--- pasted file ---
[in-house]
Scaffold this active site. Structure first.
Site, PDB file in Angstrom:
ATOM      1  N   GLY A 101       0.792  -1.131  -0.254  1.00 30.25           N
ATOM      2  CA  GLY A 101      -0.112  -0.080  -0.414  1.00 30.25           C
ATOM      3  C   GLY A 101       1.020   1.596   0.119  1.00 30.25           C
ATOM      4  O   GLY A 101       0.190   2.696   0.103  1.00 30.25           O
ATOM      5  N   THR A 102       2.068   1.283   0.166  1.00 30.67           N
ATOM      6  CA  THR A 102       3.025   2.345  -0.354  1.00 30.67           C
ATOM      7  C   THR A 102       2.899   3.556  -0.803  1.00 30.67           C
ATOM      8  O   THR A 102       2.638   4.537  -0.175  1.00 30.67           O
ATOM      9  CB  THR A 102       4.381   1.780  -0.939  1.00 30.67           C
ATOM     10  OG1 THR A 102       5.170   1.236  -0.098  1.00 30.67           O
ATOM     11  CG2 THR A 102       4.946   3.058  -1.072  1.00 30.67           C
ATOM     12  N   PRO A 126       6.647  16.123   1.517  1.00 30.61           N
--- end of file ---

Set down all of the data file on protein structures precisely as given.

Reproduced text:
[in-house]
Scaffold this active site. Structure first.
Site, PDB file in Angstrom:
ATOM      1  N   GLY A 101       0.792  -1.131  -0.254  1.00 30.25           N
ATOM      2  CA  GLY A 101      -0.112  -0.080  -0.414  1.00 30.25           C
ATOM      3  C   GLY A 101       1.020   1.596   0.119  1.00 30.25           C
ATOM      4  O   GLY A 101       0.190   2.696   0.103  1.00 30.25           O
ATOM      5  N   THR A 102       2.068   1.283   0.166  1.00 30.67           N
ATOM      6  CA  THR A 102       3.025   2.345  -0.354  1.00 30.67           C
ATOM      7  C   THR A 102       2.899   3.556  -0.803  1.00 30.67           C
ATOM      8  O   THR A 102       2.638   4.537  -0.175  1.00 30.67           O
ATOM      9  CB  THR A 102       4.381   1.780  -0.939  1.00 30.67           C
ATOM     10  OG1 THR A 102       5.170   1.236  -0.098  1.00 30.67           O
ATOM     11  CG2 THR A 102       4.946   3.058  -1.072  1.00 30.67           C
ATOM     12  N   PRO A 126       6.647  16.123   1.517  1.00 30.61           N